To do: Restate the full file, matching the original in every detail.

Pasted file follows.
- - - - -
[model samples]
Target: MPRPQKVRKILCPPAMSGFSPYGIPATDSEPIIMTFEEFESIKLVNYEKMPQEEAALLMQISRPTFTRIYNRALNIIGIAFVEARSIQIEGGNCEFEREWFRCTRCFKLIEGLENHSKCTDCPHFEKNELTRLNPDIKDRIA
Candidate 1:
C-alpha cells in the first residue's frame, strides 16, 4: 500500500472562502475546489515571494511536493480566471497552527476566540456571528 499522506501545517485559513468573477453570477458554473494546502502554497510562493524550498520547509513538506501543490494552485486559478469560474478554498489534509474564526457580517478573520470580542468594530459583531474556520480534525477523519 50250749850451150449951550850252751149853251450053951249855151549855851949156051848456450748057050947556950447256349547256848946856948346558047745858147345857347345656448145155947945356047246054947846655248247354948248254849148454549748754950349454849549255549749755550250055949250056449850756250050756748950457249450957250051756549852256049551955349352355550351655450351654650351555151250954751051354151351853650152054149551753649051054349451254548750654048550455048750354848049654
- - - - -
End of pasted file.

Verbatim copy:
[model samples]
Target: MPRPQKVRKILCPPAMSGFSPYGIPATDSEPIIMTFEEFESIKLVNYEKMPQEEAALLMQISRPTFTRIYNRALNIIGIAFVEARSIQIEGGNCEFEREWFRCTRCFKLIEGLENHSKCTDCPHFEKNELTRLNPDIKDRIA
Candidate 1:
C-alpha cells in the first residue's frame, strides 16, 4: 500500500472562502475546489515571494511536493480566471497552527476566540456571528 499522506501545517485559513468573477453570477458554473494546502502554497510562493524550498520547509513538506501543490494552485486559478469560474478554498489534509474564526457580517478573520470580542468594530459583531474556520480534525477523519 50250749850451150449951550850252751149853251450053951249855151549855851949156051848456450748057050947556950447256349547256848946856948346558047745858147345857347345656448145155947945356047246054947846655248247354948248254849148454549748754950349454849549255549749755550250055949250056449850756250050756748950457249450957250051756549852256049551955349352355550351655450351654650351555151250954751051354151351853650152054149551753649051054349451254548750654048550455048750354848049654